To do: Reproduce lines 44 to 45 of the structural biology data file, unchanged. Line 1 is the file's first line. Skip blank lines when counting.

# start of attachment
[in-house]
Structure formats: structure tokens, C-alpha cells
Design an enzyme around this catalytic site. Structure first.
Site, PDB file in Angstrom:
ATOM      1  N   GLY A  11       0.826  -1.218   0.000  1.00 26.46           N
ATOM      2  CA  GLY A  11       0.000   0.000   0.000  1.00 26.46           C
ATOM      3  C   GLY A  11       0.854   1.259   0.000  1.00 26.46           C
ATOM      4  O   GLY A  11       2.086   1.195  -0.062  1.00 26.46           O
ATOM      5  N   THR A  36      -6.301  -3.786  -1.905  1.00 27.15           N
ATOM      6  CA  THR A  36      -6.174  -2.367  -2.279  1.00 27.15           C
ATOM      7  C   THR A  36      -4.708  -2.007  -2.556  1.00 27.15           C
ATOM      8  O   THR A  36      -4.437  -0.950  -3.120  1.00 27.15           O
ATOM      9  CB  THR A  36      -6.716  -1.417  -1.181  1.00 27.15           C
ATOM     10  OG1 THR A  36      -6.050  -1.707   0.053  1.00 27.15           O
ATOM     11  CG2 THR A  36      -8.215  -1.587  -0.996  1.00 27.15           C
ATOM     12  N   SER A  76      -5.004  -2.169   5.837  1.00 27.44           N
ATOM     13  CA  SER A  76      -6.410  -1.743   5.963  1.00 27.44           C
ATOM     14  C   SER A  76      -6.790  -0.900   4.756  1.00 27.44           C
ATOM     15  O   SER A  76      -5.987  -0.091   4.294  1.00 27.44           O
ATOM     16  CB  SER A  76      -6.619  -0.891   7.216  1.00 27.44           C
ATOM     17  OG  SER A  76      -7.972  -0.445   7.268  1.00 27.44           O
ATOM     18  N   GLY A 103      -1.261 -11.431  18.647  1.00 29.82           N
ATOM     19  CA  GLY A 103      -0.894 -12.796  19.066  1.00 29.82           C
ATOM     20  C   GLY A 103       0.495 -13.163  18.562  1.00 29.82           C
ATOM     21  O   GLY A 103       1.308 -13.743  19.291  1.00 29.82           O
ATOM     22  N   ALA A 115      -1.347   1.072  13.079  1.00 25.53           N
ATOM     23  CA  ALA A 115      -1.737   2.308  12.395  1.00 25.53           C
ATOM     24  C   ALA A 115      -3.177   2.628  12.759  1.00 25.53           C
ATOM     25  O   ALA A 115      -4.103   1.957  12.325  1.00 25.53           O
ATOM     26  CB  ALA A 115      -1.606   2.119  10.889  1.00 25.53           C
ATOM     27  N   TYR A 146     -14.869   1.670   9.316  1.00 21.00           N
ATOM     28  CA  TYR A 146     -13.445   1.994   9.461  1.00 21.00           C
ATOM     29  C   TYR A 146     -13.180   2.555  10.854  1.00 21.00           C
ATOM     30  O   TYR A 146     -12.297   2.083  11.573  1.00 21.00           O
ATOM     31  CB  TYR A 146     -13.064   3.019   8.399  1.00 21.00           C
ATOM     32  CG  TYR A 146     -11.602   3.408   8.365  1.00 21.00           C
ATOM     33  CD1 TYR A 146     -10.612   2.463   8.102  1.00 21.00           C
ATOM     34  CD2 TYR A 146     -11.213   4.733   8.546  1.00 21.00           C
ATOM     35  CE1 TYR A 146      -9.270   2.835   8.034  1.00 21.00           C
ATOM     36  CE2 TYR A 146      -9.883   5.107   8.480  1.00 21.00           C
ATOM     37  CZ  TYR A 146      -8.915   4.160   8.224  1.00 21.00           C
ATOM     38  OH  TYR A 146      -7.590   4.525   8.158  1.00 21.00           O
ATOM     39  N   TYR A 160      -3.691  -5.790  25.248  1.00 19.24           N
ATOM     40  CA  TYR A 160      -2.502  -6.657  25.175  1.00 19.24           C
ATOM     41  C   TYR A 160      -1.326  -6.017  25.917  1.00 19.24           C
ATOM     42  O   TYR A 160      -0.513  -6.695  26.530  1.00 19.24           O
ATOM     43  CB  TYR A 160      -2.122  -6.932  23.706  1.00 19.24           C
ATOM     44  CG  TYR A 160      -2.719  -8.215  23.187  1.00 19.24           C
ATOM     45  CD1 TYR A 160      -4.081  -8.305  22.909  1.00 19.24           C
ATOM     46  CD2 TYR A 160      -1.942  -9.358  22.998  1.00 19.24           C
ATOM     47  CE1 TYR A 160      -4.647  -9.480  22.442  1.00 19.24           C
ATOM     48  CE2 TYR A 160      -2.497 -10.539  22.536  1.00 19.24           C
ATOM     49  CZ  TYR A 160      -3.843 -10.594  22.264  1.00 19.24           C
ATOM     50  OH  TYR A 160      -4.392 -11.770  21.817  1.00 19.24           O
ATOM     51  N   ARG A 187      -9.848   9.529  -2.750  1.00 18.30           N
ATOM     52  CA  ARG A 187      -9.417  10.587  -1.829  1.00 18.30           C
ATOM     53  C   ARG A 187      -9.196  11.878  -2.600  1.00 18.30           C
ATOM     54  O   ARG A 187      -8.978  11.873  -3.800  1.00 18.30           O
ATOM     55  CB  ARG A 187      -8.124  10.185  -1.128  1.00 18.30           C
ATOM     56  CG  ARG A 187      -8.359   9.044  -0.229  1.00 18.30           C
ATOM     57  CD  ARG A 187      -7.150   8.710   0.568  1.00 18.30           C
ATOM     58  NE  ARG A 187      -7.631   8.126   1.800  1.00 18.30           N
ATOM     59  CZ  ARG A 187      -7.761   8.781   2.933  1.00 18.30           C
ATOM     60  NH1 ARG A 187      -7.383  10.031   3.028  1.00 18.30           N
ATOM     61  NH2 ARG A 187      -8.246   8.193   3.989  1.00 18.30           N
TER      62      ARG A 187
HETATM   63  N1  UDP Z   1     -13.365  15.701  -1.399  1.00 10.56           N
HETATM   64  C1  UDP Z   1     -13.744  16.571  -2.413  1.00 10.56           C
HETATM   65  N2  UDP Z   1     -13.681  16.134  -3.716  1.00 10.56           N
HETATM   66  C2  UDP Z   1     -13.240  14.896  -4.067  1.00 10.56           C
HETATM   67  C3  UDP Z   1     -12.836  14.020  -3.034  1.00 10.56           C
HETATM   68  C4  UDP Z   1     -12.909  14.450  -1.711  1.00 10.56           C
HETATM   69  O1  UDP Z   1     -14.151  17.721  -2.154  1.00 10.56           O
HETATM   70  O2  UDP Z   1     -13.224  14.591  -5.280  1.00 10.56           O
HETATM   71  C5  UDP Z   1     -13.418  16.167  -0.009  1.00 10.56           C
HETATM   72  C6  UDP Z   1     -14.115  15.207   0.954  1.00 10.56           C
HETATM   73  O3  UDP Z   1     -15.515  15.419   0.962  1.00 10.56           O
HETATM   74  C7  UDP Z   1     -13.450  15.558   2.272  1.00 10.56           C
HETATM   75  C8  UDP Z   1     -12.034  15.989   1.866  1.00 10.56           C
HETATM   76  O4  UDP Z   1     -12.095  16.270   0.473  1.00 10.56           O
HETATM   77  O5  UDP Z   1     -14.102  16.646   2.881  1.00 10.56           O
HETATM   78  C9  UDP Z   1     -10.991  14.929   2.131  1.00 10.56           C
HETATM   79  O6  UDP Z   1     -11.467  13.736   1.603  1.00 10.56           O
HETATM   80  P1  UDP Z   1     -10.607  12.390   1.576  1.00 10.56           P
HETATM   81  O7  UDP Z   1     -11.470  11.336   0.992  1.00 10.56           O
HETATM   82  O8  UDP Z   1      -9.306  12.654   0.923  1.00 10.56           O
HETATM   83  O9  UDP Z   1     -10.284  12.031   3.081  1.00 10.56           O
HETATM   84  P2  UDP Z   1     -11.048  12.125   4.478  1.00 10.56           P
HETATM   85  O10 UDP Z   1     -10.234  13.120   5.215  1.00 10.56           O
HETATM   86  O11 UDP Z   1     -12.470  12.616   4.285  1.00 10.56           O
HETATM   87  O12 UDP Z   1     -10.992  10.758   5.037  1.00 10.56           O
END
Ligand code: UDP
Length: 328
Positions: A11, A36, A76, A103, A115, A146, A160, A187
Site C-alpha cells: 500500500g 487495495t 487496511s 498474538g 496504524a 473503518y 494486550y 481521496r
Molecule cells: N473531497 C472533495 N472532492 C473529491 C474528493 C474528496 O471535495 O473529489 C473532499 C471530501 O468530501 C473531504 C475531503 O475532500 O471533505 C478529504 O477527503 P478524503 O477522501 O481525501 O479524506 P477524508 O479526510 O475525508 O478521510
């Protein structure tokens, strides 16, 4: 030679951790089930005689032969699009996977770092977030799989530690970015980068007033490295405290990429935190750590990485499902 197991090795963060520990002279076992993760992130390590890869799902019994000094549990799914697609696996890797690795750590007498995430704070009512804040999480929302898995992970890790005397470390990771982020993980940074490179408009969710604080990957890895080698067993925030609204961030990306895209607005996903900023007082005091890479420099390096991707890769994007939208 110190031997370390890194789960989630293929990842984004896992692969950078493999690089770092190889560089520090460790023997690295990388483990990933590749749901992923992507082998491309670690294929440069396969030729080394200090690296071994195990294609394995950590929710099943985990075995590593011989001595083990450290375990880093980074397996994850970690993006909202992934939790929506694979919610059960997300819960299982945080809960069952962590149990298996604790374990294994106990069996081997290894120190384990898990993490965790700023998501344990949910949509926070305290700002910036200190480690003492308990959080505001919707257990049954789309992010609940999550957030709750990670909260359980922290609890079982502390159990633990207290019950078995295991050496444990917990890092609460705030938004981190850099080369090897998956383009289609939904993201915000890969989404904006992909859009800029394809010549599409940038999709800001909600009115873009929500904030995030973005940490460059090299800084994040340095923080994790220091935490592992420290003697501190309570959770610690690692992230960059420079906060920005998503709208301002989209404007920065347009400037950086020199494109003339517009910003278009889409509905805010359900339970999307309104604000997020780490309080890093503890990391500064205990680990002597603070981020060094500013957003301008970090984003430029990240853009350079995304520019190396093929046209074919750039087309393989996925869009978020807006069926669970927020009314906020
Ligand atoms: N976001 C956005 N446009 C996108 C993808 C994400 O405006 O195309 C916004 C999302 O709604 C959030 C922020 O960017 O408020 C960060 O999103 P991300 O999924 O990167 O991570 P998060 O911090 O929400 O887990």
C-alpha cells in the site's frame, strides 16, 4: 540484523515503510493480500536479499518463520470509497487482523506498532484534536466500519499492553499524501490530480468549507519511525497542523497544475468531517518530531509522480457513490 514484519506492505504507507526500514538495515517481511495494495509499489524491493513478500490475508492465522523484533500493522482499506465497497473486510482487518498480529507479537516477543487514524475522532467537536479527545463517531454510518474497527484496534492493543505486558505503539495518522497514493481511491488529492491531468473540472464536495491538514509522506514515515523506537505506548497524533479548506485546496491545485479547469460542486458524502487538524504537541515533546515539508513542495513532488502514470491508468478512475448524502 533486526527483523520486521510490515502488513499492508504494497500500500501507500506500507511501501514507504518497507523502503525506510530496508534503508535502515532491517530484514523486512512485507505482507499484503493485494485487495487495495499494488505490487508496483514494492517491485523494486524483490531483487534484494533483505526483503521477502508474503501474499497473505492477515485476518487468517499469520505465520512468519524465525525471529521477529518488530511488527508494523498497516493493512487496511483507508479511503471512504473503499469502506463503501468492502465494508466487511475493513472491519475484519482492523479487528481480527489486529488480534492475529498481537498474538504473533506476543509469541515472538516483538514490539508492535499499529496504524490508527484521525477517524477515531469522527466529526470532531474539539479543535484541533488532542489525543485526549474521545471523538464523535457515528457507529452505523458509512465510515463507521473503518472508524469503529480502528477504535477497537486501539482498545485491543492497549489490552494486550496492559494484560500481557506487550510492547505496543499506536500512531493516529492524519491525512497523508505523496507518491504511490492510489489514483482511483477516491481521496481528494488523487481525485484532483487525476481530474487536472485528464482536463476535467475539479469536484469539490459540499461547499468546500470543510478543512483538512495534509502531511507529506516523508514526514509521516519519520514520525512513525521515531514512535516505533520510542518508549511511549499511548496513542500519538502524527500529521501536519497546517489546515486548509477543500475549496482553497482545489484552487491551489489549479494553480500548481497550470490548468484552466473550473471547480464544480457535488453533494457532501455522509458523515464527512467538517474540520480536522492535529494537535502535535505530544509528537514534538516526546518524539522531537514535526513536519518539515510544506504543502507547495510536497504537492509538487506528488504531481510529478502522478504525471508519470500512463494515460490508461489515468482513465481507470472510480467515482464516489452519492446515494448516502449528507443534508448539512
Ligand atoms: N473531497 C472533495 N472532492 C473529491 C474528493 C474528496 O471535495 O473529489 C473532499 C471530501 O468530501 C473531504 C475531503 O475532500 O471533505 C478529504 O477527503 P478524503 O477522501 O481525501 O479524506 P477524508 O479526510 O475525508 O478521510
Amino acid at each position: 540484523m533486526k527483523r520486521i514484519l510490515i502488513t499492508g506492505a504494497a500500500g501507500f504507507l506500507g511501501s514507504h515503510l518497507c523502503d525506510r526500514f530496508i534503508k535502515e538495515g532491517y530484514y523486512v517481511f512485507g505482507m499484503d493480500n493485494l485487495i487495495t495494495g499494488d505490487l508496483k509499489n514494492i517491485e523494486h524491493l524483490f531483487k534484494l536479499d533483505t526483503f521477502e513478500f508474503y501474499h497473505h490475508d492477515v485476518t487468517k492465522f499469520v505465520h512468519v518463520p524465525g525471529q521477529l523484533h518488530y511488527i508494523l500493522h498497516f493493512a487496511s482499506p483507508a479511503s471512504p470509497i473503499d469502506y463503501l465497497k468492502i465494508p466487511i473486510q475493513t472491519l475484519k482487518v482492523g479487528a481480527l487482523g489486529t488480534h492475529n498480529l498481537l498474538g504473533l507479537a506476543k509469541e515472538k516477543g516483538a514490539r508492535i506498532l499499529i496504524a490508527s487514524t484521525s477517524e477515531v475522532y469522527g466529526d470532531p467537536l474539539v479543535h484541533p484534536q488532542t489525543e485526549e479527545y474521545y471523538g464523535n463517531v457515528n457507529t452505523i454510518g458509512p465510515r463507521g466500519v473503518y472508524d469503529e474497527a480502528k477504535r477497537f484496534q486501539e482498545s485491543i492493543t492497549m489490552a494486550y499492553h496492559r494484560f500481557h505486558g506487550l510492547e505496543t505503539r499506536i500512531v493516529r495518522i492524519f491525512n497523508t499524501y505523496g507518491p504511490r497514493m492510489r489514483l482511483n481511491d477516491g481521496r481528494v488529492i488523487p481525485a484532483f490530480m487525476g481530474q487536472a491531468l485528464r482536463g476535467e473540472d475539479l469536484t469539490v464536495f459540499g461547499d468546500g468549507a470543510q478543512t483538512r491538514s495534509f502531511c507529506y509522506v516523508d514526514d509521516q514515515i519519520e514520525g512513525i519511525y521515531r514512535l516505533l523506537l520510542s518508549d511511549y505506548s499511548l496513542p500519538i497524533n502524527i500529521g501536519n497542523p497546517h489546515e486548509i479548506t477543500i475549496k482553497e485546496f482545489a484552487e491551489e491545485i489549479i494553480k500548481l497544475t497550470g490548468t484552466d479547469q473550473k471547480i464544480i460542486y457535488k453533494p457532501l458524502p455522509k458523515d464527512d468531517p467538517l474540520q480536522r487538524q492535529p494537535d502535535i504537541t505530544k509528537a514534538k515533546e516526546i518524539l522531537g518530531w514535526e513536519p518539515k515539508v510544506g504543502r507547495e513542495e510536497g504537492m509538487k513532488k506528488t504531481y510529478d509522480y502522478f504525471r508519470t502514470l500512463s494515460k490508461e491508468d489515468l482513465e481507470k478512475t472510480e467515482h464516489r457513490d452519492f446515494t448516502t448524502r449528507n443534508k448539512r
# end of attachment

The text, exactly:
ATOM     40  CA  TYR A 160      -2.502  -6.657  25.175  1.00 19.24           C
ATOM     41  C   TYR A 160      -1.326  -6.017  25.917  1.00 19.24           C